MQONCO-Liquid Biopsy (CTC)
Specimen: Blood in Cell-Save Tubes 10 ml
Method: Cell Search- Microscopy
Temperature Requirement: Ambient temperature
Reported on: 10 Working Days
General Instructions: Complete clinical data
Liquid biopsy, specifically the detection of circulating tumor cells (CTCs), is a non-invasive diagnostic technique used in oncology to assess and monitor cancer. Unlike traditional tissue biopsies, which involve the removal of a sample of the tumor or affected tissue, liquid biopsies involve the analysis of various components in a patient’s bodily fluids, such as blood or urine, to gather information about the presence and characteristics of cancer cells.
Here are some key points about liquid biopsy, particularly in the context of CTCs:
1) Circulating Tumor Cells (CTCs): CTCs are cancer cells that have detached from the primary tumor or metastatic sites and entered the bloodstream. These cells can travel through the bloodstream to other parts of the body and potentially form new tumors, a process known as metastasis. CTCs can carry valuable information about the primary tumor’s genetic mutations and characteristics.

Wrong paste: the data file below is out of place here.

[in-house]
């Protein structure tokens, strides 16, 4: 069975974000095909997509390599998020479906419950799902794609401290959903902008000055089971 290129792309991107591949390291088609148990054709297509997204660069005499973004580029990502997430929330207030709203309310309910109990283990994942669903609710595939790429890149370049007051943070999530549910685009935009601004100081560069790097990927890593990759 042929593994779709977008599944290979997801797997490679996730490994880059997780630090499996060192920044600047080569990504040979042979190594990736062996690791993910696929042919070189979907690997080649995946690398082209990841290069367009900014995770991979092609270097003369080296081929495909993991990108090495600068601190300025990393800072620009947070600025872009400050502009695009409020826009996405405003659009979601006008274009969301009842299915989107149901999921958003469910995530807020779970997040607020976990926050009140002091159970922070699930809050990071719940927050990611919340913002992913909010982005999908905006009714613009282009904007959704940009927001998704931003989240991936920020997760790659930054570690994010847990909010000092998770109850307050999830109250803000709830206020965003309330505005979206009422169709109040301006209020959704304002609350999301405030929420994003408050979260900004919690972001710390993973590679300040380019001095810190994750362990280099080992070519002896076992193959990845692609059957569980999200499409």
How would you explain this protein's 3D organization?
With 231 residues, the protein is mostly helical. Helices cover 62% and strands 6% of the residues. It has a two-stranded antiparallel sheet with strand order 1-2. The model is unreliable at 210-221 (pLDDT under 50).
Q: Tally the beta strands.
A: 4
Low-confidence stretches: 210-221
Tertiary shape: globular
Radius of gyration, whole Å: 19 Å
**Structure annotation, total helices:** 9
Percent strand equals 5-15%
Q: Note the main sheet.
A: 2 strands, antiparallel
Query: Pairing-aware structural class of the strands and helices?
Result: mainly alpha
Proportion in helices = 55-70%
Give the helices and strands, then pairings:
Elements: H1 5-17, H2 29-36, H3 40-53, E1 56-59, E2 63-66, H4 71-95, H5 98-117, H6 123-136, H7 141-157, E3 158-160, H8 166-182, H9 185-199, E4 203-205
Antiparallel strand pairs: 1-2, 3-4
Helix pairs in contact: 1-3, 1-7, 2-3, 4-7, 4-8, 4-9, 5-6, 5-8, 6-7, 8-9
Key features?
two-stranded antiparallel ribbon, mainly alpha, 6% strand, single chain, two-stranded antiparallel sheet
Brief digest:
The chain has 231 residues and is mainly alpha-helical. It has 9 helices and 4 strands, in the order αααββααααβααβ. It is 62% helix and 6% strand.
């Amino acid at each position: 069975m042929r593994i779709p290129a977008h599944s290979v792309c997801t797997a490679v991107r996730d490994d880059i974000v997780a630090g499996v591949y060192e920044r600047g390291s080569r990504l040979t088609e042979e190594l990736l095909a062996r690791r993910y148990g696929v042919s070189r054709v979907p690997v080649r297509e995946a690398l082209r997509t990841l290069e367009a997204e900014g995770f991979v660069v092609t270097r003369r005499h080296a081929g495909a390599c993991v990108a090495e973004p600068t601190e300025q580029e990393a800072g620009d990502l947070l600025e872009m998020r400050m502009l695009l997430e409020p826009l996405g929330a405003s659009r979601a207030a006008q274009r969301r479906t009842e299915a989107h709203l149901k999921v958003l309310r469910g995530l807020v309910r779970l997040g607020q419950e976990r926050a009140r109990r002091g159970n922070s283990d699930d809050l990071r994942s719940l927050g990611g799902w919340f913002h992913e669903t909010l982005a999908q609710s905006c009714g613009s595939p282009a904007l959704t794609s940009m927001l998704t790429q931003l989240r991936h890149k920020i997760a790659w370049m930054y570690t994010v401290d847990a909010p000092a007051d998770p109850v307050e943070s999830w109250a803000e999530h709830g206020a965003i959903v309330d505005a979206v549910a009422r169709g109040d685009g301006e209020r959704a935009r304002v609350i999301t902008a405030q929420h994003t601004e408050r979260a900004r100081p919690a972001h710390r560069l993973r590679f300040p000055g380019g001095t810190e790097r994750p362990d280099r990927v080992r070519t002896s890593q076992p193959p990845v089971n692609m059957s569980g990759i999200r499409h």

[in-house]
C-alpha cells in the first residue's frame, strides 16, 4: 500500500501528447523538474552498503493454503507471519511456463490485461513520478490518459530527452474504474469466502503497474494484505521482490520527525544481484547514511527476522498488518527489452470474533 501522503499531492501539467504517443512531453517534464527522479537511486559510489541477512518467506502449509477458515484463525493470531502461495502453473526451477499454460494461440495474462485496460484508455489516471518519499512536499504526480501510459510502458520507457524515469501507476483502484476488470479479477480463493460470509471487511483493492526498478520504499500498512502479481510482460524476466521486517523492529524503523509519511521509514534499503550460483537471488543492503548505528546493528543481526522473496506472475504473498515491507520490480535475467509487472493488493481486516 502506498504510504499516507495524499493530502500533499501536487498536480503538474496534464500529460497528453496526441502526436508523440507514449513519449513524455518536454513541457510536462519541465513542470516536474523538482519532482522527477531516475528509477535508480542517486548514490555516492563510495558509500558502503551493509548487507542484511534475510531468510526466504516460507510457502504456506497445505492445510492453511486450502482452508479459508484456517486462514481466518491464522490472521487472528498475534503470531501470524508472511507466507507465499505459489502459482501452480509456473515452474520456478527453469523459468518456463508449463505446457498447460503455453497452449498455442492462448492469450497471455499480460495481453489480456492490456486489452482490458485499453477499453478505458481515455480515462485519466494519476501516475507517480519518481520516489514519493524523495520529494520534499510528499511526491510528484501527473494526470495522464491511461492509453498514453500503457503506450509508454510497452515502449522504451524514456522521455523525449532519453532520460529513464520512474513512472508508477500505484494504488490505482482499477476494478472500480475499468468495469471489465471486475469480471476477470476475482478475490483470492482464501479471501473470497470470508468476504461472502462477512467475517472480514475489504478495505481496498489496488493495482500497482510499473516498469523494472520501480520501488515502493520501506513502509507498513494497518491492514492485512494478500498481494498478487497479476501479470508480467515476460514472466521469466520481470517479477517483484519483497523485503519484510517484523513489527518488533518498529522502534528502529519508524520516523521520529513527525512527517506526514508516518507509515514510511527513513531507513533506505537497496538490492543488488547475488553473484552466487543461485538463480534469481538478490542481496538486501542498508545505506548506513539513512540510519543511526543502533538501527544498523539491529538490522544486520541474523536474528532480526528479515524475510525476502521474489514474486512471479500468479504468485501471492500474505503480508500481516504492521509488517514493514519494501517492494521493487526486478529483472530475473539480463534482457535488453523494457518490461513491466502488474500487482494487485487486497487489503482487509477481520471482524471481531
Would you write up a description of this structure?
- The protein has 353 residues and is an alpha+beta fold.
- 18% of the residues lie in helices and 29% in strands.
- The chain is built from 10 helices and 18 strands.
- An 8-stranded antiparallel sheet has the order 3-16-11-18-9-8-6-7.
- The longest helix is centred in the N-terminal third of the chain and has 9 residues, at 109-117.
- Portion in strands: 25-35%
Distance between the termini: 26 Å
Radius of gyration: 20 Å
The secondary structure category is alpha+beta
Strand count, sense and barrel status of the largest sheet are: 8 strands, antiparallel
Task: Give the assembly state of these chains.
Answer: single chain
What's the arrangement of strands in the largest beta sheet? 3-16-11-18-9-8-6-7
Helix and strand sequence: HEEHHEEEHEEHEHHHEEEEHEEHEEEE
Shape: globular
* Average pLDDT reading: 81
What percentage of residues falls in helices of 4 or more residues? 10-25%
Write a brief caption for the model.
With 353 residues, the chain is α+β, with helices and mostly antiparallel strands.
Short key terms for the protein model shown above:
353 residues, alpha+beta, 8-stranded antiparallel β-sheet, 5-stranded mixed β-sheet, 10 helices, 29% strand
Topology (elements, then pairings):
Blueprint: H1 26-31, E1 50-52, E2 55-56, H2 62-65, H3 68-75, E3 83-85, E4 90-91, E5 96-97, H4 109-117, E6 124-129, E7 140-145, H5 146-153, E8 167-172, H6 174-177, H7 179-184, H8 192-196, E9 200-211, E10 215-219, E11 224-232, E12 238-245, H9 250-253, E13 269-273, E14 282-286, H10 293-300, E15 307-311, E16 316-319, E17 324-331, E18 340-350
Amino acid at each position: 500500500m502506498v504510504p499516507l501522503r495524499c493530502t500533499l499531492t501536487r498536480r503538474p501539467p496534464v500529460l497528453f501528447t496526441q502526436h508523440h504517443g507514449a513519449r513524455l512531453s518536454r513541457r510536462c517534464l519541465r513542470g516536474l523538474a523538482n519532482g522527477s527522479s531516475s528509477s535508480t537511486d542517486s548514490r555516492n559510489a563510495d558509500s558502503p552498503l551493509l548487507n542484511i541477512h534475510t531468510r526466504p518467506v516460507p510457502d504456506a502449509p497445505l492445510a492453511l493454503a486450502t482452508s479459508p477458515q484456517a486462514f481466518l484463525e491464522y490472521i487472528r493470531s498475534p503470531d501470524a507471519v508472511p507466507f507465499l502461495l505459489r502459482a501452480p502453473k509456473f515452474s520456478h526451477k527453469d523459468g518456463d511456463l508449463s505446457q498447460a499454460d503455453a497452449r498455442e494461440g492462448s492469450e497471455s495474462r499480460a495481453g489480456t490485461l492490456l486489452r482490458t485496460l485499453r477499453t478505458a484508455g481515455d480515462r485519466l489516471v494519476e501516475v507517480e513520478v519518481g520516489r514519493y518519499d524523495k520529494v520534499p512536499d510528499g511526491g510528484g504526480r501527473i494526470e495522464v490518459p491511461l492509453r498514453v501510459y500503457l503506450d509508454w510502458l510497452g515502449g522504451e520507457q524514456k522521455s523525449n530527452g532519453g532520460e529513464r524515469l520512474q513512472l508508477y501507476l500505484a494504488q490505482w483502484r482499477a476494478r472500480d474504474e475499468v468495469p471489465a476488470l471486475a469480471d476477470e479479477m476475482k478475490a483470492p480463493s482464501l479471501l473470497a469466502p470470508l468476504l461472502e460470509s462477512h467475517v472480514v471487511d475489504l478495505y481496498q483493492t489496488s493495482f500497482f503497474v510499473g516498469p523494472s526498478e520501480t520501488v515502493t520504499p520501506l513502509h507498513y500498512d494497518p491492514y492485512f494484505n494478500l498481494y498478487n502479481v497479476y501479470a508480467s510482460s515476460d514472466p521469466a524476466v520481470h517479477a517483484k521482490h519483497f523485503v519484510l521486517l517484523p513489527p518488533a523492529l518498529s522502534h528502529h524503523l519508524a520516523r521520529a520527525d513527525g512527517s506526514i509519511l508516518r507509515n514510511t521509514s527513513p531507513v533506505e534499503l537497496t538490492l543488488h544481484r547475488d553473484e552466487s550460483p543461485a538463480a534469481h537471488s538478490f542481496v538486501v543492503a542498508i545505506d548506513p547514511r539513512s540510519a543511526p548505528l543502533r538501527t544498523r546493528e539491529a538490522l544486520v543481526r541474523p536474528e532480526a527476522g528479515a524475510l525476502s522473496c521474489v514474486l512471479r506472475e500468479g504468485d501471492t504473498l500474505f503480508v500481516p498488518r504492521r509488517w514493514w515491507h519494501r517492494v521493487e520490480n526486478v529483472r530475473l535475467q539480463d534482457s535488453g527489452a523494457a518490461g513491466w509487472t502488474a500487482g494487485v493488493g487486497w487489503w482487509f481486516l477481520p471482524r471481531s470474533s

2) Purpose of CTC Detection: The detection and analysis of CTCs serve several purposes in cancer care:
- Early Detection: Liquid biopsies can help detect cancer at an early stage, potentially before symptoms develop.
- Treatment Monitoring: CTC analysis can be used to monitor the effectiveness of cancer treatment, such as chemotherapy or targeted therapy.
- Assessing Disease Progression: Changes in CTC levels and characteristics can provide insights into disease progression or recurrence.
- Personalized Medicine: CTC analysis can help guide treatment decisions by identifying specific genetic mutations or biomarkers associated with the cancer, allowing for targeted therapies.
Methods of CTC Detection: Various techniques are used to isolate and detect CTCs from a patient’s blood sample. These methods include immunomagnetic separation, microfluidic devices, and polymerase chain reaction (PCR) to amplify and analyze specific DNA or RNA markers.